J. Baldwin Brown, The Soul's Exodus and Pilgrimage, p. 202.

References: Deuteronomy 6:24.—A. W. Hare, Sermons to a Country Congregation, vol. ii., p. 367. Deuteronomy 7:2-4.—T. Arnold, Sermons, vol. vi., p. 24. Deuteronomy 7:6.—J. Keble, Sermons for the Christian Year: Easter to Ascension Day, p. 192. Deuteronomy 7:8.—Parker, vol. v., p. 6. Deuteronomy 7:9.—Christian World Pulpit, vol. xxxi., p. 165; Parker, vol. v., p. 7 Deuteronomy 7:9, Deuteronomy 7:10.—R. D. B. Rawnsley, Village Sermons, 2nd series, p. 21. Deuteronomy 7:12, Deuteronomy 7:13.—J. Keble, Sermons for the Christian Year: Easter to Ascension Day, p. 375. Deuteronomy 7:20.—Spurgeon, Sermons, vol. xii., p. 673.

That thou mightest fear the LORD thy God, to keep all his statutes and his commandments, which I command thee, thou, and thy son, and thy son's son, all the days of thy life; and that thy days may be prolonged.
Hear therefore, O Israel, and observe to do it; that it may be well with thee, and that ye may increase mightily, as the LORD God of thy fathers hath promised thee, in the land that floweth with milk and honey.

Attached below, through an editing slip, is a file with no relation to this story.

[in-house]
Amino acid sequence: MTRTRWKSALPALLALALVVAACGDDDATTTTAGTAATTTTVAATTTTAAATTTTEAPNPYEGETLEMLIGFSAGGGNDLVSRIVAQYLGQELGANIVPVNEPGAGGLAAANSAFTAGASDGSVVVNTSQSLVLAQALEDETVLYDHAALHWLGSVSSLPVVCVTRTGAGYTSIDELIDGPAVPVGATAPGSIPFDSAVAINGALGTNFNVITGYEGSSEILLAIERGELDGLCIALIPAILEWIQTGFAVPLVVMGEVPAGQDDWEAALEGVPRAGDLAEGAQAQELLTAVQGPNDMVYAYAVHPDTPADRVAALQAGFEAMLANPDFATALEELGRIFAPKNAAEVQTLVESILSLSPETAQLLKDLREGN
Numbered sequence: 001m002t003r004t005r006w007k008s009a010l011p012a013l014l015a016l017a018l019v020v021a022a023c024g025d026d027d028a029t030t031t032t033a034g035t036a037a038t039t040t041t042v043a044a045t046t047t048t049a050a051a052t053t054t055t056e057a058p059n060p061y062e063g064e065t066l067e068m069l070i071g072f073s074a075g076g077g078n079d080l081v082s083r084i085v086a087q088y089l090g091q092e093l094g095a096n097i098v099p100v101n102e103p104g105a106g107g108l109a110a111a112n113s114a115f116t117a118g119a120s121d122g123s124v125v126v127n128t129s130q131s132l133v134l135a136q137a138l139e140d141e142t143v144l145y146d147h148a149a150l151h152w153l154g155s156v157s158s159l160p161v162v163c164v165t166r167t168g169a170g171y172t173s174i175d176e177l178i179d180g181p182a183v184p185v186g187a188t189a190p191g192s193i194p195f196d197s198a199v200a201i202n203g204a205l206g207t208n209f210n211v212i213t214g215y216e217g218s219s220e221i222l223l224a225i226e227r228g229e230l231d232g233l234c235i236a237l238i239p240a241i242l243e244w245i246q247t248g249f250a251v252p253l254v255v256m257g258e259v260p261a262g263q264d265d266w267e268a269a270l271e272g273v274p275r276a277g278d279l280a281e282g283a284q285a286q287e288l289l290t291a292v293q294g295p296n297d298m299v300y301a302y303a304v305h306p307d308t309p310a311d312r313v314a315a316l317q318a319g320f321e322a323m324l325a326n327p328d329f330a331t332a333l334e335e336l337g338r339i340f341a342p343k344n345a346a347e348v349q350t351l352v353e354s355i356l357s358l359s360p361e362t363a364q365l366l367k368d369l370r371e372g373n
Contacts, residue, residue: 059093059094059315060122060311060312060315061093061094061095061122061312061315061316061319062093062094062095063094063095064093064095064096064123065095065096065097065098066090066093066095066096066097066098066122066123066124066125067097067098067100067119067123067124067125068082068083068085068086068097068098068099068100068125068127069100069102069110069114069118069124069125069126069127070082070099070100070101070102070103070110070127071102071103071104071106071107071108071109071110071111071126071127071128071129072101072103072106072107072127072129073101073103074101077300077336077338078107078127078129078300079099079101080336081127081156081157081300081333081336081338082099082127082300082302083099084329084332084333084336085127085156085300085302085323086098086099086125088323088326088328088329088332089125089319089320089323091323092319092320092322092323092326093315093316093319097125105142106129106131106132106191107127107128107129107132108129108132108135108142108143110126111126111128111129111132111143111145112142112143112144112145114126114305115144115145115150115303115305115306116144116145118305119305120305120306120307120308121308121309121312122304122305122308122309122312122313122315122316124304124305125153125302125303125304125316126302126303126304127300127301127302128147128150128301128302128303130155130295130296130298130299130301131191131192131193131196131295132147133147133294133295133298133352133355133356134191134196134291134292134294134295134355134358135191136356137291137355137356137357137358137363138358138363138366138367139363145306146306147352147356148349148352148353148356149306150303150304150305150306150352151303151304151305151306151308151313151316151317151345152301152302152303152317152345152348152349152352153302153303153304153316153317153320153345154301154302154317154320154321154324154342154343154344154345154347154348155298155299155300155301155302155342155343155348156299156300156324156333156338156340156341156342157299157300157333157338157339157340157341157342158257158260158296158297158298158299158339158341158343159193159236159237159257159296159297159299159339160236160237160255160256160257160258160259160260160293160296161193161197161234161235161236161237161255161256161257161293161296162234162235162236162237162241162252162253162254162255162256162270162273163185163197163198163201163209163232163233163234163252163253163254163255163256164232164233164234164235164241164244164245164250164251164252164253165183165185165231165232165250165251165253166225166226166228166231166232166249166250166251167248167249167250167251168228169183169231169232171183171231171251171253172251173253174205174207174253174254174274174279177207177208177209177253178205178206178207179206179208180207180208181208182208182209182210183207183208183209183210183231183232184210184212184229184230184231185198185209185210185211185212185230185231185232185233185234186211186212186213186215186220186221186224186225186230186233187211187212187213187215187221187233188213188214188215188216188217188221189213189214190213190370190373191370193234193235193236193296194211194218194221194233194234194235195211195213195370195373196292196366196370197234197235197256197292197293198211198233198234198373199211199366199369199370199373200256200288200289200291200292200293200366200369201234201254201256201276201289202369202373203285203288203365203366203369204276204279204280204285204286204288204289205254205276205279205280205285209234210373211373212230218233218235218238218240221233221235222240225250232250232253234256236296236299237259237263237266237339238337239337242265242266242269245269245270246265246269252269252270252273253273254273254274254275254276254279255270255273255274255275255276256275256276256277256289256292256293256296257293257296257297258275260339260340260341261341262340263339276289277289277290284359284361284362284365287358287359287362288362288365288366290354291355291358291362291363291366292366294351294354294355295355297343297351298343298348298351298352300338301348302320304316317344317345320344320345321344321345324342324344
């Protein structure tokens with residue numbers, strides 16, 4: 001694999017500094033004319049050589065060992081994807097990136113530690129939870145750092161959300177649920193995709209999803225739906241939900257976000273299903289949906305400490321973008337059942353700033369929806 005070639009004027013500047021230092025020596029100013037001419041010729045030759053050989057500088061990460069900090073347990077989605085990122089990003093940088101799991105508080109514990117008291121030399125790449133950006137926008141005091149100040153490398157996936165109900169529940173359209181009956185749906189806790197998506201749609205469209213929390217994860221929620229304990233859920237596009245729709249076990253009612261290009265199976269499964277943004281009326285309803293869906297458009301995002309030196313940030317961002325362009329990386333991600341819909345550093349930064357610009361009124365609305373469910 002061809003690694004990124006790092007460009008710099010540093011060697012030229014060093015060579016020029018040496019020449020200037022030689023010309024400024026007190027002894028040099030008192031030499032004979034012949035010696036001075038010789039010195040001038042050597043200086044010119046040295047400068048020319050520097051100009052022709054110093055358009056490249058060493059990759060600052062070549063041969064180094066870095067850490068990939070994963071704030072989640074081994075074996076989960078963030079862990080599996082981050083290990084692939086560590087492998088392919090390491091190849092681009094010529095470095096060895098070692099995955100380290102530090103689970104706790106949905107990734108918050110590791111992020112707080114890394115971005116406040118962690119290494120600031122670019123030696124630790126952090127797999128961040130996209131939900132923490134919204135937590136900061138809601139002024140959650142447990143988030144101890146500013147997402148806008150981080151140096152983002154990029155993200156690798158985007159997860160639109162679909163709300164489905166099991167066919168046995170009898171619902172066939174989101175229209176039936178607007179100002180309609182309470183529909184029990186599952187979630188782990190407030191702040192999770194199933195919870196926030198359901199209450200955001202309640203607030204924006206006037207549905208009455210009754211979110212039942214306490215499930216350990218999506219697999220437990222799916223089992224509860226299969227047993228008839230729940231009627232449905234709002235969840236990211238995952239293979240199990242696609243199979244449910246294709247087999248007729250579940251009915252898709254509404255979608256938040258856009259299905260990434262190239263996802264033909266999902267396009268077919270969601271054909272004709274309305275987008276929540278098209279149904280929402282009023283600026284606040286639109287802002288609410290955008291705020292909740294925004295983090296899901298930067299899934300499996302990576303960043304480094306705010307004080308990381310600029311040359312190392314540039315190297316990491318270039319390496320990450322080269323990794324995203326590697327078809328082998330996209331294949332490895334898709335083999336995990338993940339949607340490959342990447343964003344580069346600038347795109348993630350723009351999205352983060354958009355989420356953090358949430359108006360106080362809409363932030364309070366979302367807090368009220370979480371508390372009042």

Hear, O Israel: The LORD our God is one LORD:
And thou shalt love the LORD thy God with all thine heart, and with all thy soul, and with all thy might.
And these words, which I command thee this day, shall be in thine heart:
And thou shalt teach them diligently unto thy children, and shalt talk of them when thou sittest in thine house, and when thou walkest by the way, and when thou liest down, and when thou risest up.
And thou shalt bind them for a sign upon thine hand, and they shall be as frontlets between thine eyes.
And thou shalt write them upon the posts of thy house, and on thy gates.
And it shall be, when the LORD thy God shall have brought thee into the land which he sware unto thy fathers, to Abraham, to Isaac, and to Jacob, to give thee great and goodly cities, which thou buildedst not,
And houses full of all good things, which thou filledst not, and wells digged, which thou diggedst not, vineyards and olive trees, which thou plantedst not; when thou shalt have eaten and be full;